In ‛Win-Die’ Situation, Raub Farmers Prefer to Deal with State

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The current arrangement gives the state a monopoly on purchasing their durian harvests, forces them to sell at below market price and imposes a hefty levy on the land.

Unfair deal with “ridiculous” conditions:

  • To pay RM6000 levy per 0.4ha
  • To sell grade-A Musang King at the fixed rate of RM30 per kg to the company
  • To produce 2,000kg of durians on 0.4ha
  • Pressured into signing contract with threats of legal action
  • Neither the state government nor RPDG has met the farmers

Troubled durian farmers in Raub, Pahang, want to negotiate directly with the state government rather than with the company given lease rights to the land where they have planted crops.

They are willing to hold dialogue sessions, provided the current offer to “legalise” their purportedly illegal durian farms can be revised to include fairer terms, they told The Malaysian Insight.

The Raub farmers, who have banded together under the Save Musang King Alliance (Samka) group, said they will not accept the current offer from Royal Pahang Durian Resources PKPP Sdn Bhd.

The current arrangement gives the state a monopoly on purchasing their durian harvests, forces them to sell at below market price and imposes a hefty levy on the land.

The company is a joint venture between consortium Royal Pahang Durian Group (RPDG) and Perbadanan Kemajuan Pertanian Negri Pahang and has been given the lease and land use rights for 2,168ha in the Raub district for 60 years.

The move by the state government is purportedly to curb illegal encroachment of land for the expansion of durian farms. The state also contends that the durian farmers have been planting without permits, and the contract offered is a way to legalise their durian orchards.

The contract includes a RM6,000 levy per 0.4ha for this year, and to sell grade-A Musang King at the fixed rate of RM30 per kg to the company until next year.

This is significantly lower than the average market price of RM45 per kg, while the levy imposed will mean a farmer with 4ha will have to pay rent of RM60,000 a year.

Samka members said they were pressured into signing the contract with threats of legal action.

Group chairman Wilson Chan rejected claims that the durian farms are illegal, saying farmers had repeatedly applied for land titles and permits but were never entertained.

“We can never accept the present contract. It is not even a win-win situation. It is a win-die situation.

“We would rather work directly with the state government than go through the company. Pahang can still gain revenue by collecting rent and levy from the farmers directly.

“If they want to impose a tax on durian, we don’t mind. It’s better to work directly with the state government than go through a third party,” Chan told The Malaysian Insight during a recent visit to Raub.

Liong Kin Min, 63, a second-generation farmer, said the company’s offer has to be more reasonable if it expects farmers to support it, adding that neither the state government nor RPDG has met the farmers regarding the situation or to explain the contract.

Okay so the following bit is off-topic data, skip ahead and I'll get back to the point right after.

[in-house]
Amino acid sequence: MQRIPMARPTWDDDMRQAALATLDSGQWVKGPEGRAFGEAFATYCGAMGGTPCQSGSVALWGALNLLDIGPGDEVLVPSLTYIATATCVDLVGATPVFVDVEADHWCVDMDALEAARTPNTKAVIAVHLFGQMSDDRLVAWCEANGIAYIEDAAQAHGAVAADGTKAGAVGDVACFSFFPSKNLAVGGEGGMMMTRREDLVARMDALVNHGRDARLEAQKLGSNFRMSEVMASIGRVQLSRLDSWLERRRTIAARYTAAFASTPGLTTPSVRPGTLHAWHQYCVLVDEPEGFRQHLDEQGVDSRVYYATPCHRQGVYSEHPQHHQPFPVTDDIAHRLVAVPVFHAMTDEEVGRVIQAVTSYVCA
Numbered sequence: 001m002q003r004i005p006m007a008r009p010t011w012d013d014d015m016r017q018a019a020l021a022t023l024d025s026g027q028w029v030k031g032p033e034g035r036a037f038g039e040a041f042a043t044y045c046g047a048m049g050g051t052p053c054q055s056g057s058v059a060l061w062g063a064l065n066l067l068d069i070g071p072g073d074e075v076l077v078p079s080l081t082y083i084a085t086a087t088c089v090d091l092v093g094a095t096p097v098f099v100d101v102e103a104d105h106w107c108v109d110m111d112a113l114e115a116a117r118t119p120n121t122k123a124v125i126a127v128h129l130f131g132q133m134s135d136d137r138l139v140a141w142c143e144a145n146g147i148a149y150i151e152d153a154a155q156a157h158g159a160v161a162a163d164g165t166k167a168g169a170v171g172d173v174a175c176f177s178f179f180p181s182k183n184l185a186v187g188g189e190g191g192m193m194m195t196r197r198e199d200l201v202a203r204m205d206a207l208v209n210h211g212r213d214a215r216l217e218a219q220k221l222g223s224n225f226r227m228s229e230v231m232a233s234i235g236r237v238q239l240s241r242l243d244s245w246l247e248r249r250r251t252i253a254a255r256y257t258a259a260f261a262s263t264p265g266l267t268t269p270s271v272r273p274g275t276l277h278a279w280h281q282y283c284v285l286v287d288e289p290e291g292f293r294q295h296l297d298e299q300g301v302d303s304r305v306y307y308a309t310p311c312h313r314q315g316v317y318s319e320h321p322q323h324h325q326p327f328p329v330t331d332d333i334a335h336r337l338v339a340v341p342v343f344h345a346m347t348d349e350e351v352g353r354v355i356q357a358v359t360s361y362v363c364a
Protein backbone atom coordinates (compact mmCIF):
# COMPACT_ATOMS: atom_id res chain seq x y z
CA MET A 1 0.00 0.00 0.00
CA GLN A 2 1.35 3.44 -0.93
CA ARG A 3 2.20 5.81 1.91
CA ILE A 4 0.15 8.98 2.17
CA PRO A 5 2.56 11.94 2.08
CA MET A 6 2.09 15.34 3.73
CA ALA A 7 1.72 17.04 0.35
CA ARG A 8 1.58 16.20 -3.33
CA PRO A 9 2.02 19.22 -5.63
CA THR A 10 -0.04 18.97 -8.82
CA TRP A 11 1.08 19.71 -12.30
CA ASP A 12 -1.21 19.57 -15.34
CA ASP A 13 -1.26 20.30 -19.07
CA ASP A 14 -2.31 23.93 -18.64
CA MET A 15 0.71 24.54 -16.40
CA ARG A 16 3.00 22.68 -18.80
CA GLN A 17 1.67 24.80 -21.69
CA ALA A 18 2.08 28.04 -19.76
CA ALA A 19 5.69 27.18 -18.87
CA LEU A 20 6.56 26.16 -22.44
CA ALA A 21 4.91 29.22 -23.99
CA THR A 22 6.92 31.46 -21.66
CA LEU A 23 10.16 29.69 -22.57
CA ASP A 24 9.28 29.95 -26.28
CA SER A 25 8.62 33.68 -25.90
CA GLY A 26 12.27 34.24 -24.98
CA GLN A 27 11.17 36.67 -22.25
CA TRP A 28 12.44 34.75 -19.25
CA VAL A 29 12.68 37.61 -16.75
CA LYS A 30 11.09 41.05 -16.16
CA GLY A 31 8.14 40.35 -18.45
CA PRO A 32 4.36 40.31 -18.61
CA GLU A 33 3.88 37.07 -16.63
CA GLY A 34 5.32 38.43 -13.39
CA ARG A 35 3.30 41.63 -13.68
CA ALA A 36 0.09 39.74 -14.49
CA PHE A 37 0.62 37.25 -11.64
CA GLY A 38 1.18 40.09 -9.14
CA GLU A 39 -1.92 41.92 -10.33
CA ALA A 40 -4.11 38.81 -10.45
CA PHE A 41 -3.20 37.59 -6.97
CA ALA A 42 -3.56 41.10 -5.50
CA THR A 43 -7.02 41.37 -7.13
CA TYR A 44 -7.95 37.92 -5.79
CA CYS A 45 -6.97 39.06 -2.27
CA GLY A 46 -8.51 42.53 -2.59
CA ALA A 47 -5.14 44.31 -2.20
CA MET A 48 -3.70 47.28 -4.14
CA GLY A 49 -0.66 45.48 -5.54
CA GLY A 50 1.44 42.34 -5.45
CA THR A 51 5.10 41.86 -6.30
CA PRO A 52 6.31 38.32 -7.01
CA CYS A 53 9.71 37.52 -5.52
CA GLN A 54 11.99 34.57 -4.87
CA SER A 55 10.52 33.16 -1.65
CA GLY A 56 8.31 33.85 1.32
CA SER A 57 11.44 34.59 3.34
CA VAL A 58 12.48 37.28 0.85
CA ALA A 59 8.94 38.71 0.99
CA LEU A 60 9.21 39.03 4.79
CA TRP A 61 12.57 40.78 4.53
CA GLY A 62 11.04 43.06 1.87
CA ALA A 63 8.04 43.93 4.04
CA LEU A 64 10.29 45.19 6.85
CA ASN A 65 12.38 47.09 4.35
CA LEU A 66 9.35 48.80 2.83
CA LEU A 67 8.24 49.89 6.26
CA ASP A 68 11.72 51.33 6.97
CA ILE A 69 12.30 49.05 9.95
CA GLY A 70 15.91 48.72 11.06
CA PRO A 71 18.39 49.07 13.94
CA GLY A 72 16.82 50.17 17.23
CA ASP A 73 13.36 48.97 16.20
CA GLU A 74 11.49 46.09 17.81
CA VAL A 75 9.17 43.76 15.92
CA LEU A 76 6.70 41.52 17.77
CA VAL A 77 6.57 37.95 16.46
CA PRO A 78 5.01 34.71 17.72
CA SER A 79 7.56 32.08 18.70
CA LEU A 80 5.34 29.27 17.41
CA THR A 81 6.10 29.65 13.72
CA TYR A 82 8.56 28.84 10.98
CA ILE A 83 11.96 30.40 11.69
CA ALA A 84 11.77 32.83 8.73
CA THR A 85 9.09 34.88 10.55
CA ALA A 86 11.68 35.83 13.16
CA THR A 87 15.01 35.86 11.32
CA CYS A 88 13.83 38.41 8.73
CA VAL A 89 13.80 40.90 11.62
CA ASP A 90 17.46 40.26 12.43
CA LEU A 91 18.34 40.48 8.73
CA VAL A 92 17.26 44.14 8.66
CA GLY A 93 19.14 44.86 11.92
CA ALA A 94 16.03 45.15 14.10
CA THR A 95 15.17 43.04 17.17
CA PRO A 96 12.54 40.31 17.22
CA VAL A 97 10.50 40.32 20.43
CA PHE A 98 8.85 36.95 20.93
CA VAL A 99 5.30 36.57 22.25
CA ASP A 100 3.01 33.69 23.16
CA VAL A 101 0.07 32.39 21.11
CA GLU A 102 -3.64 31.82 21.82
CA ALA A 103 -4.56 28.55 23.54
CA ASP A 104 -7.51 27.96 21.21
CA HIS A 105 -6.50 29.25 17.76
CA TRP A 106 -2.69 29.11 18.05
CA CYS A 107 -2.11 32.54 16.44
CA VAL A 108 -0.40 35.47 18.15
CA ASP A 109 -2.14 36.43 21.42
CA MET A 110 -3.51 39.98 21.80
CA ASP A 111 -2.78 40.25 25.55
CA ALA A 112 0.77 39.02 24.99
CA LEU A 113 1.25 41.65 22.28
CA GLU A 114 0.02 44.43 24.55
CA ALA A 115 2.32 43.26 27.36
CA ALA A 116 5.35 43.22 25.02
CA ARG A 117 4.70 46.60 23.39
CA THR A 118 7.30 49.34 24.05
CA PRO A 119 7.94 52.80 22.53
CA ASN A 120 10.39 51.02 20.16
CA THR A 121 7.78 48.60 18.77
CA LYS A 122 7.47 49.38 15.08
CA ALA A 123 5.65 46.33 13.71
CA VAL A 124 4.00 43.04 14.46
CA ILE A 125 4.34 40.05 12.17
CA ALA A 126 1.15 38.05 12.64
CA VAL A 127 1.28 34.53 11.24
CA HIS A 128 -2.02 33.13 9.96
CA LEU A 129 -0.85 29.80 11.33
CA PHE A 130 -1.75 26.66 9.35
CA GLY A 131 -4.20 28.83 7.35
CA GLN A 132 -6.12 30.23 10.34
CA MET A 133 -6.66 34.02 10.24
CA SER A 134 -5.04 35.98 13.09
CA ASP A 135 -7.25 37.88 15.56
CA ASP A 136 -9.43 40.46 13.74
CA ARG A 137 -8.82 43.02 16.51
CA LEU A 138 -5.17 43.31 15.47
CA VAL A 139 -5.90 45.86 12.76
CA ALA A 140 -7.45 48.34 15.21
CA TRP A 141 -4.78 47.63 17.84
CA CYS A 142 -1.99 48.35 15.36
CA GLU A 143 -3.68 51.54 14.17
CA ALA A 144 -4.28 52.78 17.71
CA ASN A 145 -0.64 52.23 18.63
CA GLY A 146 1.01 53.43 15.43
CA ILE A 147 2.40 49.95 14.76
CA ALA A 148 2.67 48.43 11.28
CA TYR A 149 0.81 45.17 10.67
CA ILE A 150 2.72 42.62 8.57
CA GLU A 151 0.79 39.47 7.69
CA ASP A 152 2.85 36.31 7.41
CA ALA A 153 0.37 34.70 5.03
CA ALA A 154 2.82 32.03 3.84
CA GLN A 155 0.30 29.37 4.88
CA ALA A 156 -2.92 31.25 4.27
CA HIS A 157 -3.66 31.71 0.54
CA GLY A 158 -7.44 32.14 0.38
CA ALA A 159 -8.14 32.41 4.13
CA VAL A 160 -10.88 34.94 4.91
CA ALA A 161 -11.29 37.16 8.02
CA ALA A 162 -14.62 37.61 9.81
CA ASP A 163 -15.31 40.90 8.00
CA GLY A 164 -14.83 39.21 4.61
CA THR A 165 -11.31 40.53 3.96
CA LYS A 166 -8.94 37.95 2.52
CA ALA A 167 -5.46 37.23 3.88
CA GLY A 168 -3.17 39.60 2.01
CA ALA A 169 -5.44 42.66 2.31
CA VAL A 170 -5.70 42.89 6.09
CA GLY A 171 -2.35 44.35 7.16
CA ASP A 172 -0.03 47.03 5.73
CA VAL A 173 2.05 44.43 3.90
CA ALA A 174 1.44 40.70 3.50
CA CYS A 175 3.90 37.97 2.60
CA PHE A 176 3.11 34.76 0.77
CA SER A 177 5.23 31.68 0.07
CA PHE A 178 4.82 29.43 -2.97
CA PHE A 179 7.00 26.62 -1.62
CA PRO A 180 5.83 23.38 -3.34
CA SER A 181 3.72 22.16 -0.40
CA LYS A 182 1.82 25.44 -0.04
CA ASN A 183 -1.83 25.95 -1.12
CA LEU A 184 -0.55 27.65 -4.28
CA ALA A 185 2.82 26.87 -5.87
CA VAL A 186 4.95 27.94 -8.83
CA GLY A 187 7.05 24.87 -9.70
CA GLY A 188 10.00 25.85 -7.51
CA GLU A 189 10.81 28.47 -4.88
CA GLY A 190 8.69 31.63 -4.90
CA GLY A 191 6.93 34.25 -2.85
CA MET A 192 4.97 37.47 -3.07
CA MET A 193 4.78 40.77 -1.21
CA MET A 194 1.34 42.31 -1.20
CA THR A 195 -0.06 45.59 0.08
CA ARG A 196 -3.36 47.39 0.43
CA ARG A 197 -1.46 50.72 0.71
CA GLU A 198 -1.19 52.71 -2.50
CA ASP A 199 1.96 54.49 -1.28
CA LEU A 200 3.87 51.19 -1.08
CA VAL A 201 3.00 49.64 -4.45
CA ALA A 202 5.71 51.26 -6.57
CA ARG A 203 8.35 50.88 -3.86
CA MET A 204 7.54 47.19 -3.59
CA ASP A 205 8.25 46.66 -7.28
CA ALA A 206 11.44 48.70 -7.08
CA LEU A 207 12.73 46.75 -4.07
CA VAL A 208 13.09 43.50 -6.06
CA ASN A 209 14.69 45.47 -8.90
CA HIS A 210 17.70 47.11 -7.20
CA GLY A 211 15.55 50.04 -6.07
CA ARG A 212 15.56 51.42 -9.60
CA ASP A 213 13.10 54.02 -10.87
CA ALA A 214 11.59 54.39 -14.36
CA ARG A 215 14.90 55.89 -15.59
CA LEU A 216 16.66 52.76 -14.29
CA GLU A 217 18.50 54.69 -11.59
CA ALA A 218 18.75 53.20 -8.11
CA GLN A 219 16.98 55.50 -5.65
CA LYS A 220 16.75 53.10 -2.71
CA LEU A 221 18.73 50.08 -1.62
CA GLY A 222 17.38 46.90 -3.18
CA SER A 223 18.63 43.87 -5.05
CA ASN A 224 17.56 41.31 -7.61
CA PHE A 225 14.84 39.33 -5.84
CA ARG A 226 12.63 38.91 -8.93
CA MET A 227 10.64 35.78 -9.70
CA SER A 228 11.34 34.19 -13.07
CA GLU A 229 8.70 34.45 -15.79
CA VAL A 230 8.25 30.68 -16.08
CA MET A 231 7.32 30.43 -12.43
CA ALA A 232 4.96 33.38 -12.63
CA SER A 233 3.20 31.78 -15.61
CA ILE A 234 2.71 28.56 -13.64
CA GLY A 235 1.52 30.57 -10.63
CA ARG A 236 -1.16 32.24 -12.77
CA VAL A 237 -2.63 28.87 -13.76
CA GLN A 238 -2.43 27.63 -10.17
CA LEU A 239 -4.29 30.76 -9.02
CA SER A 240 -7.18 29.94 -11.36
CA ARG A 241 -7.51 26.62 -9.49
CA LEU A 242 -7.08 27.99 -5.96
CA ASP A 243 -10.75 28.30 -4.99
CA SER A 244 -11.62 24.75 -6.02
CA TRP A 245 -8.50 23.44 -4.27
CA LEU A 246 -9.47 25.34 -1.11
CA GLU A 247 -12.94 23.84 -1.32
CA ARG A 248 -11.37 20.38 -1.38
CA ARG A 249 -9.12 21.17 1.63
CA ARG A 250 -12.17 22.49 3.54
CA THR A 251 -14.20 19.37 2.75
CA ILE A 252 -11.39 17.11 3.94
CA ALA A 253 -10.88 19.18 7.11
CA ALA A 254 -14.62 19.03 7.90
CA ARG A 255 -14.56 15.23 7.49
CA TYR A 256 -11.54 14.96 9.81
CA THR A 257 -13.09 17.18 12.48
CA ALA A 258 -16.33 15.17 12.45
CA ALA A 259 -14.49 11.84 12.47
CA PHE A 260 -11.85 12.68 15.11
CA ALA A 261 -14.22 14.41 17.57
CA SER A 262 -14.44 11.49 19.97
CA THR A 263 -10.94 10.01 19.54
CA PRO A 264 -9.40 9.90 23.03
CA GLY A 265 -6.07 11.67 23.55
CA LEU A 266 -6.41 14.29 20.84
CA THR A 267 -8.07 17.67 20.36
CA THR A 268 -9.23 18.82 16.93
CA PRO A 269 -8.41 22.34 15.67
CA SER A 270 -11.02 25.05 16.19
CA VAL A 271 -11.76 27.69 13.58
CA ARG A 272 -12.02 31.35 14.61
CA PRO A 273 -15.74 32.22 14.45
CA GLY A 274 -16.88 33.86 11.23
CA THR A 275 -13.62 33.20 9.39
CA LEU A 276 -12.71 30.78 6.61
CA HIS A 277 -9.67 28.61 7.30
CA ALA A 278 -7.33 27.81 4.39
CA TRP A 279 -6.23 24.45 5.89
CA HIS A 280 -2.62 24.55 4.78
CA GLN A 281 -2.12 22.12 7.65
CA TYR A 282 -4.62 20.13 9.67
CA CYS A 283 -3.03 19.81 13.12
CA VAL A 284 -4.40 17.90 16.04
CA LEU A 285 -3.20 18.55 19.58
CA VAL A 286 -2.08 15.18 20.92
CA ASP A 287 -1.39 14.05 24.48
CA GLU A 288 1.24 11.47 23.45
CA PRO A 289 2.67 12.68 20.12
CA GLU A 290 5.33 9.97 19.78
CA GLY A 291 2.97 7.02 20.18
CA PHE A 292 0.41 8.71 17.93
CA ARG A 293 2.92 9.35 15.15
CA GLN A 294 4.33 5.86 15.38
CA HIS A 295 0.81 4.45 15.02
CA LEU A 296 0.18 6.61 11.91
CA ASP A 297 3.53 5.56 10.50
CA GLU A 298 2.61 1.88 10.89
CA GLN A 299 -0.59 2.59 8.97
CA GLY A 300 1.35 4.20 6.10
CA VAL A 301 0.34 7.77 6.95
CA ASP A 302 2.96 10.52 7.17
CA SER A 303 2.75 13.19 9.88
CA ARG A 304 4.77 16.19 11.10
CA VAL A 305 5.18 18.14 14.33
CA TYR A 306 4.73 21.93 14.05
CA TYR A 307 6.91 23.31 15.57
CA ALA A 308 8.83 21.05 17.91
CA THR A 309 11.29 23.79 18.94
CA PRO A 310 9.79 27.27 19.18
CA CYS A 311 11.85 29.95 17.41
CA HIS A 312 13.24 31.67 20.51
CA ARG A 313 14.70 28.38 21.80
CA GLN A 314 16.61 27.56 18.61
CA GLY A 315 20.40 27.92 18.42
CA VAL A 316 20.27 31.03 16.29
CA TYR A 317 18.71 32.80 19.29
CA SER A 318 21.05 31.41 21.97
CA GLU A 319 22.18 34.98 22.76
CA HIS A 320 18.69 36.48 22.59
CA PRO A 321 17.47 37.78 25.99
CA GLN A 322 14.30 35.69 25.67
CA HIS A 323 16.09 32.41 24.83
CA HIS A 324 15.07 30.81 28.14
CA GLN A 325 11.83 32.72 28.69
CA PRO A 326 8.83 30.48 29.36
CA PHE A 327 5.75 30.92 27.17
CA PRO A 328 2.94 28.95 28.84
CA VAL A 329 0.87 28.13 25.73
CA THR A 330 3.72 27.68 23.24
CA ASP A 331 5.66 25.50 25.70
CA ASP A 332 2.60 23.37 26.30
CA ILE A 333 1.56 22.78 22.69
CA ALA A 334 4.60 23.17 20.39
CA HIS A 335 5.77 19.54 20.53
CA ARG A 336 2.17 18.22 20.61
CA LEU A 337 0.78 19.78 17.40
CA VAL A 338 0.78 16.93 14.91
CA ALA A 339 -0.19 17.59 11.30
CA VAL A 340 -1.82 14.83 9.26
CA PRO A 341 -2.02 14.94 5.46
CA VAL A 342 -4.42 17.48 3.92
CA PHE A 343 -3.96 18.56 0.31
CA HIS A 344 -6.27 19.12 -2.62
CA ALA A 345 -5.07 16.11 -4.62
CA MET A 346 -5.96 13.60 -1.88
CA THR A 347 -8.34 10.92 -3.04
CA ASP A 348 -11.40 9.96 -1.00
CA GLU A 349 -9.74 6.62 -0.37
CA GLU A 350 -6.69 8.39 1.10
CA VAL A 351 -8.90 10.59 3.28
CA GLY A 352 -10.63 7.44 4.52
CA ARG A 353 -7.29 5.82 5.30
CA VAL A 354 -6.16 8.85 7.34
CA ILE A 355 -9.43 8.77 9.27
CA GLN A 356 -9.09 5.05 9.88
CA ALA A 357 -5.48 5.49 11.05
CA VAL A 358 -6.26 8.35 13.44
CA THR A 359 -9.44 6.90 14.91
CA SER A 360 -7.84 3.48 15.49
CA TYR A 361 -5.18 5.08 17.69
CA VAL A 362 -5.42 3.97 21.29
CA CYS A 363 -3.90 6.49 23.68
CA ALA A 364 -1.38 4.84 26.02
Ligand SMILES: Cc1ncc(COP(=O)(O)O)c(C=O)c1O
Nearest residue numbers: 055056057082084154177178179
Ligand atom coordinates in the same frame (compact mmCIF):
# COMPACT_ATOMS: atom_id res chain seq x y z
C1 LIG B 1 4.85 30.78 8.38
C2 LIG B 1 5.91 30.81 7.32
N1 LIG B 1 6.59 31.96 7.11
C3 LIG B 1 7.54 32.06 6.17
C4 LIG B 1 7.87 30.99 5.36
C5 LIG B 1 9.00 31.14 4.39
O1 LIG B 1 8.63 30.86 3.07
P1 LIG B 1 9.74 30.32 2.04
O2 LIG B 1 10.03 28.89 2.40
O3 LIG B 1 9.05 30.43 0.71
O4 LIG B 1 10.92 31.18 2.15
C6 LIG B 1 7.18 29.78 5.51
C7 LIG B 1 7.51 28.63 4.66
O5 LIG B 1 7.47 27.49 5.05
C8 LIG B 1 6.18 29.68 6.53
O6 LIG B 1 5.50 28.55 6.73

He said he only came to know about the contract from another farmer.

“We are willing to meet and discuss this, but they are not. If RPDG is willing to offer a reasonable and fair deal, then we can look into it.

“However, if they are going to offer an unfair contract similar to what they have now, then we don’t want to deal with them. We will only talk to the state government.”

One-sided offer

Another durian farmer, Phun Khong Seng, 37, said RPDG’s other conditions are also “ridiculous”.

One of them is to produce 2,000kg of durians on 0.4ha.

“It is ridiculous,” said Phun, who manages more than 4ha.

“It is expecting each tree to produce at least 50 fruits and, from that, it expects 30 fruits to be grade A. This is unreasonable because the growth of durian depends on the environment and climate.

“RPDG doesn’t understand durian farming,” he said.

Phun said he would resort to poisoning all his trees if no solution is reached over the contract dispute or if he was prevented from entering his own farm.

Agricultural Protection and Development Association of Malaysia deputy secretary-general Eric Woo, meanwhile, said RPDG needs a better understanding about the nature of durian farming.

“What RPDG offered the farmers is one-sided.

“It offered a low price to buy the durians compared with the market rate. On top of the lower rate, it is charging a high levy. It is much higher than the state government’s own levy of RM50 per 0.4ha. This clearly shows there is no win-win here,” Woo said.

Last week, Samka and Tras assemblyman Chow Yu Hui revealed the terms of the contract, and on Monday, held a protest at the nearby Pasar Sg Klau.

Their actions temporarily staved off enforcement plans by the Pahang government against durian farmers without permits.

State Agriculture, Agro-based Industries and Biotechnology Committee chairman Mohd Soffi Abdul Razak said in the Pahang Legislative Assembly that enforcement action has been postponed after Bilut rep Lee Chin Chen, raised the farmers’ disagreement over the contract. – TMI